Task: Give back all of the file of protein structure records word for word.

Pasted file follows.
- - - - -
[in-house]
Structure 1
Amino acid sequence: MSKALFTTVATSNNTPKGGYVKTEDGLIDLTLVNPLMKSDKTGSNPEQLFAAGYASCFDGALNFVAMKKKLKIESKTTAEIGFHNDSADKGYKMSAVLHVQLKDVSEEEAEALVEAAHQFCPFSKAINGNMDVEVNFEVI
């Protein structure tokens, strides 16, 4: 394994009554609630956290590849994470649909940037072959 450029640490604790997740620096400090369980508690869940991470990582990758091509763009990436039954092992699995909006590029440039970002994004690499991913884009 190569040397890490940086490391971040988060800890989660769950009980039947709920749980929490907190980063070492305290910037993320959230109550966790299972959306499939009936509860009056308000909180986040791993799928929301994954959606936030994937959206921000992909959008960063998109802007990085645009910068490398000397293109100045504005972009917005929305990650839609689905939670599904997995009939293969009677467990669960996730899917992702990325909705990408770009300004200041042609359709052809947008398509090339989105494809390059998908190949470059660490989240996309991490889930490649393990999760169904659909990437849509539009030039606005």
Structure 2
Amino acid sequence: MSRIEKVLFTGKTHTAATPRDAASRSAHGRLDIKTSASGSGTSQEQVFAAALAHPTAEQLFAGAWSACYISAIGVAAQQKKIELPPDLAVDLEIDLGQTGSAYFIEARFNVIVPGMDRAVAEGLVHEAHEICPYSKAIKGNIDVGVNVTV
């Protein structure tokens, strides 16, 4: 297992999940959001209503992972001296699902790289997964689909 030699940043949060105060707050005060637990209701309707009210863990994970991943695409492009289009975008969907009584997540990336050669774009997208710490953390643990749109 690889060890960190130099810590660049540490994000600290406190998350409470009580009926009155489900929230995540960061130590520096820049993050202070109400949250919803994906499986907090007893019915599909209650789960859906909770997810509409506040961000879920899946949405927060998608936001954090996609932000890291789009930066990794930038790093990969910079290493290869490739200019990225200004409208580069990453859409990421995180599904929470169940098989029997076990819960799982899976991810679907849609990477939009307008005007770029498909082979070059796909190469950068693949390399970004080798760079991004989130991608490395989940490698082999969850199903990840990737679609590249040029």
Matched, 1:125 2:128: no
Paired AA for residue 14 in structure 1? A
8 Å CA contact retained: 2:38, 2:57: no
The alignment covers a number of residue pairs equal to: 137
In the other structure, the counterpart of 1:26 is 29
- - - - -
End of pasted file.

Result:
[in-house]
Structure 1
Amino acid sequence: MSKALFTTVATSNNTPKGGYVKTEDGLIDLTLVNPLMKSDKTGSNPEQLFAAGYASCFDGALNFVAMKKKLKIESKTTAEIGFHNDSADKGYKMSAVLHVQLKDVSEEEAEALVEAAHQFCPFSKAINGNMDVEVNFEVI
């Protein structure tokens, strides 16, 4: 394994009554609630956290590849994470649909940037072959 450029640490604790997740620096400090369980508690869940991470990582990758091509763009990436039954092992699995909006590029440039970002994004690499991913884009 190569040397890490940086490391971040988060800890989660769950009980039947709920749980929490907190980063070492305290910037993320959230109550966790299972959306499939009936509860009056308000909180986040791993799928929301994954959606936030994937959206921000992909959008960063998109802007990085645009910068490398000397293109100045504005972009917005929305990650839609689905939670599904997995009939293969009677467990669960996730899917992702990325909705990408770009300004200041042609359709052809947008398509090339989105494809390059998908190949470059660490989240996309991490889930490649393990999760169904659909990437849509539009030039606005």
Structure 2
Amino acid sequence: MSRIEKVLFTGKTHTAATPRDAASRSAHGRLDIKTSASGSGTSQEQVFAAALAHPTAEQLFAGAWSACYISAIGVAAQQKKIELPPDLAVDLEIDLGQTGSAYFIEARFNVIVPGMDRAVAEGLVHEAHEICPYSKAIKGNIDVGVNVTV
């Protein structure tokens, strides 16, 4: 297992999940959001209503992972001296699902790289997964689909 030699940043949060105060707050005060637990209701309707009210863990994970991943695409492009289009975008969907009584997540990336050669774009997208710490953390643990749109 690889060890960190130099810590660049540490994000600290406190998350409470009580009926009155489900929230995540960061130590520096820049993050202070109400949250919803994906499986907090007893019915599909209650789960859906909770997810509409506040961000879920899946949405927060998608936001954090996609932000890291789009930066990794930038790093990969910079290493290869490739200019990225200004409208580069990453859409990421995180599904929470169940098989029997076990819960799982899976991810679907849609990477939009307008005007770029498909082979070059796909190469950068693949390399970004080798760079991004989130991608490395989940490698082999969850199903990840990737679609590249040029």
Matched, 1:125 2:128: no
Paired AA for residue 14 in structure 1? A
8 Å CA contact retained: 2:38, 2:57: no
The alignment covers a number of residue pairs equal to: 137
In the other structure, the counterpart of 1:26 is 29